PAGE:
There may be a new weapon in the war against misinformation: mice.
As part of the evolving battle against “deep fakes” – videos and audio featuring famous figures, created using machine learning, designed to look and sound genuine – researchers are turning to new methods in an attempt to get ahead of the increasingly sophisticated technology.
And it’s at the University of Oregon’s Institute of Neuroscience where one of the more outlandish ideas is being tested. A research team is working on training mice to understand irregularities within speech, a task the animals can do with remarkable accuracy.
This is a snippet from an article by the BBC, you can read the full article here…
Turn selfies into classical portraits with the AI that fuels deepfakes
It’s the same AI technique behind deepfakes, but also a $432,500 artwork.
The news: The tool lets users upload their photos, then view a classical-style faux watercolour, oil, or ink portrait based on the photo a few seconds later. Each one is unique. You can give it a go here.
The threat deepfake audio poses to businesses cannot be understated. While someone using deepfake audio to pretend they’re the CEO of a company and getting that company’s accounting department to wire them $1 million because of an “emergency” is one thing, the tech could also be used for sabotage.
What if one rival–or even a nation-state–wanted to sink Apple’s stock price? A well-timed deepfake audio clip that purports to show Tim Cook having a private conversation with someone about iPhone sales tanking could do just that–wiping billions off the stock market in seconds.
This is a snippet from an article by fastcompany, you can read the full article here…
The chairman of the House Intelligence Committee wants to know how social media will handle deepfake videos ahead of the next presidential election.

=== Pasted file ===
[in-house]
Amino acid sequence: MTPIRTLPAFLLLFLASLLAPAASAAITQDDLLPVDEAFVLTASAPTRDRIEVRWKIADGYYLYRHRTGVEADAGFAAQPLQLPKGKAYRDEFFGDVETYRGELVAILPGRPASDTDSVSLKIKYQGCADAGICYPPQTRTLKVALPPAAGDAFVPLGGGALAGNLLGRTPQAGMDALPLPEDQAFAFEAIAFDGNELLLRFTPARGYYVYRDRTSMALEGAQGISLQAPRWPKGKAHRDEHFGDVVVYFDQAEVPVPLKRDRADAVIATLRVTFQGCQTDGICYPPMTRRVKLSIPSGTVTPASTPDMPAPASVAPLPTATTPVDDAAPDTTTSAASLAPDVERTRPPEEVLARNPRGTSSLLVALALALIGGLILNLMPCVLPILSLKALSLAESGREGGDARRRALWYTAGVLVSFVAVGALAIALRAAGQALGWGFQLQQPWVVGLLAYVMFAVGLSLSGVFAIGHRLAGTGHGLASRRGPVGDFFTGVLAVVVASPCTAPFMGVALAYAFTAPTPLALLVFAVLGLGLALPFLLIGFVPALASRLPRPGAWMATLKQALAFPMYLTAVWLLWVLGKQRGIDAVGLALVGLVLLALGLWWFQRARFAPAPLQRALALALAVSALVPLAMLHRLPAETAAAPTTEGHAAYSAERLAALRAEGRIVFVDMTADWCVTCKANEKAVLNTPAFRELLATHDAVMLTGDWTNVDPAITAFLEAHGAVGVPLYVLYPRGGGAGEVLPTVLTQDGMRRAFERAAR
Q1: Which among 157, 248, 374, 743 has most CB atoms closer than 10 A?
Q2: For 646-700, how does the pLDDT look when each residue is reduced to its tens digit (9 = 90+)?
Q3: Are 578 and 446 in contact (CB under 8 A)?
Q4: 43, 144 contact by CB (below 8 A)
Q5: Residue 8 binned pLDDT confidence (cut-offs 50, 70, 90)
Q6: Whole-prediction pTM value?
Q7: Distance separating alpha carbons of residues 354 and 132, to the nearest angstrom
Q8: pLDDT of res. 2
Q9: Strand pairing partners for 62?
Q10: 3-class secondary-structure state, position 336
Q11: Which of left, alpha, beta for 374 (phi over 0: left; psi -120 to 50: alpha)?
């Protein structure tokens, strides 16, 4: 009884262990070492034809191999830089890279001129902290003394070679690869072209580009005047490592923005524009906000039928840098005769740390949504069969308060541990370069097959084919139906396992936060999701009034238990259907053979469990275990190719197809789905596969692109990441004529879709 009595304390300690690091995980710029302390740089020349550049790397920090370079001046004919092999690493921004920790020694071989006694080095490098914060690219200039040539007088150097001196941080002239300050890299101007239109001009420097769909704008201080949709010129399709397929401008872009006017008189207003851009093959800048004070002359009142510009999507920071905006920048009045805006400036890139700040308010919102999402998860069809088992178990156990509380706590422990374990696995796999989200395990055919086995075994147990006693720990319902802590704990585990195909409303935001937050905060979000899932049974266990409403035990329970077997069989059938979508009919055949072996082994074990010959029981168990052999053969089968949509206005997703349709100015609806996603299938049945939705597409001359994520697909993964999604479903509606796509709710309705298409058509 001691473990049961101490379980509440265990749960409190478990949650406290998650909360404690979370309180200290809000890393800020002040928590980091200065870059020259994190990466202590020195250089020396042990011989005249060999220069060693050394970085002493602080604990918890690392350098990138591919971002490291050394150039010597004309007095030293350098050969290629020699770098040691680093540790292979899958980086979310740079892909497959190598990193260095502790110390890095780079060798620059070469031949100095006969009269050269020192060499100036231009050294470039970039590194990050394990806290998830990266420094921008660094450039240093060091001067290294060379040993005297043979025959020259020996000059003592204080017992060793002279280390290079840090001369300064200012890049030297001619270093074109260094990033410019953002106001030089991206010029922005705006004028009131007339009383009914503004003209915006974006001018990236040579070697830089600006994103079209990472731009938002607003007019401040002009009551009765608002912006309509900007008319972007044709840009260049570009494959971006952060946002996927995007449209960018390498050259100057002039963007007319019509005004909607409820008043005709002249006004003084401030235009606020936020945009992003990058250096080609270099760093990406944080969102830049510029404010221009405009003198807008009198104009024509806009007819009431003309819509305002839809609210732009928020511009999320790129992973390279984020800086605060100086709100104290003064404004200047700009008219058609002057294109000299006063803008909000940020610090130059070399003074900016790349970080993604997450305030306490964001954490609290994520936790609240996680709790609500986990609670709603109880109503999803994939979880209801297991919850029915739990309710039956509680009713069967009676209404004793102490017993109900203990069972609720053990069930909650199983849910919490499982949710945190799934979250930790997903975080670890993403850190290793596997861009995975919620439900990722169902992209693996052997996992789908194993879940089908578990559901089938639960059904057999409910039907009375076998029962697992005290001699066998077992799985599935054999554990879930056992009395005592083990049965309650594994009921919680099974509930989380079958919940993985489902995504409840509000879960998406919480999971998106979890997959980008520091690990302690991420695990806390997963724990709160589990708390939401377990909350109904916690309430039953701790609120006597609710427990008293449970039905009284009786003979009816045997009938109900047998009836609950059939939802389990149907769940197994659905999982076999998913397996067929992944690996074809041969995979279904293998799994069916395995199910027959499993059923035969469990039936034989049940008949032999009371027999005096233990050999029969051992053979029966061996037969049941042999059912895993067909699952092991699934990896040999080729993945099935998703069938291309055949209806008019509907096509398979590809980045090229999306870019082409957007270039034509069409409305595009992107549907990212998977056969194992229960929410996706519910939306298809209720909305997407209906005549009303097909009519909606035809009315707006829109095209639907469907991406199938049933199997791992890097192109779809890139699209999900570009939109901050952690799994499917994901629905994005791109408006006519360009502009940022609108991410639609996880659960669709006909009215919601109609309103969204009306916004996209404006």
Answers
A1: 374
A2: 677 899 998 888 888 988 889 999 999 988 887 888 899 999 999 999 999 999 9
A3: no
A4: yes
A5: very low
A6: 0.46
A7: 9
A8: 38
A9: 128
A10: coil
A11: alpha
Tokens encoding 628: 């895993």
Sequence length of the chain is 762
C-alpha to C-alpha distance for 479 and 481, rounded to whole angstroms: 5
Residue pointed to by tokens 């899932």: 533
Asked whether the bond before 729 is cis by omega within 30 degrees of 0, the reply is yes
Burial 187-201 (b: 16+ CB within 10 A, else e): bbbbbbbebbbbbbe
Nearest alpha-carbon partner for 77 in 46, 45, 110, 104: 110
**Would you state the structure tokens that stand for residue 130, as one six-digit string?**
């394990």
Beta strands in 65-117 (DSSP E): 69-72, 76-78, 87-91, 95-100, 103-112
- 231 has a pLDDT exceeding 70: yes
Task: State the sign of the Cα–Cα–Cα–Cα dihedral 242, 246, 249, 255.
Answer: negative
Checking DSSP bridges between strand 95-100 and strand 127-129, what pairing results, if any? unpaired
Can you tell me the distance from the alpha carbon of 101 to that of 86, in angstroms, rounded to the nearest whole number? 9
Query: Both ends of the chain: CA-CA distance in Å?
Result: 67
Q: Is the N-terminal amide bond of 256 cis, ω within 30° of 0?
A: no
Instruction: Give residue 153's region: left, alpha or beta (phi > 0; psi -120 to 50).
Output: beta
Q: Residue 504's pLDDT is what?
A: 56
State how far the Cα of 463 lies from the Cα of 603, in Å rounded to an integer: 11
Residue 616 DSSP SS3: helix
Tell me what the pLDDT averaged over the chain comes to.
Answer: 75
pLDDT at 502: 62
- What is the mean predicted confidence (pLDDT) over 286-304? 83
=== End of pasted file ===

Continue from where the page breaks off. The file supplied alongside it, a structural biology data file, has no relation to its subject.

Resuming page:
Rep. Adam Schiff, chairman of the House Intelligence Committee, has sent letters asking Facebook, Google and Twitter how they plan to deal with deepfakes ahead of the 2020 presidential election. Schiff’s concerns follow the disinformation campaigns that spread across social media during the 2016 presidential campaign, according to a statement released Monday.
This is a snippet from an article by cnet, you can read the full article here…
The PetSwap tool by Nvidia uses an algorithm similar to the ones used for so-called deepfakes to transform an image of your beloved pet into an image of another animal.
Ever wanted to know what your pet would look like if it were a different animal?
Well, whether you have or not, there’s now a new web tool that allows you to find out.
This is a snippet from an article by thestar, you can read the full article here…
Generative adversarial networks, the algorithms responsible for deepfakes, have developed a bit of a bad rap of late. But their ability to synthesize highly realistic images could also have important benefits for medical diagnosis.
Deep-learning algorithms are excellent at pattern-matching in images; they can be trained to detect different types of cancer in a CT scan, differentiate diseases in MRIs, and identify abnormalities in an x-ray.
This is a snippet from an article by technology review, you can read the full article here…
To combat the growing threat of spreading misinformation ahead of the U.S. 2020 general election, The Wall Street Journal has formed a committee to help reporters navigate fake content.
Last September, the publisher assigned 21 of its staff from across its newsroom to form the committee. Each of them is on-call to answer reporters’ queries about whether a piece of content has been manipulated.
This is a snippet from an article by digiday, you can read the full article here…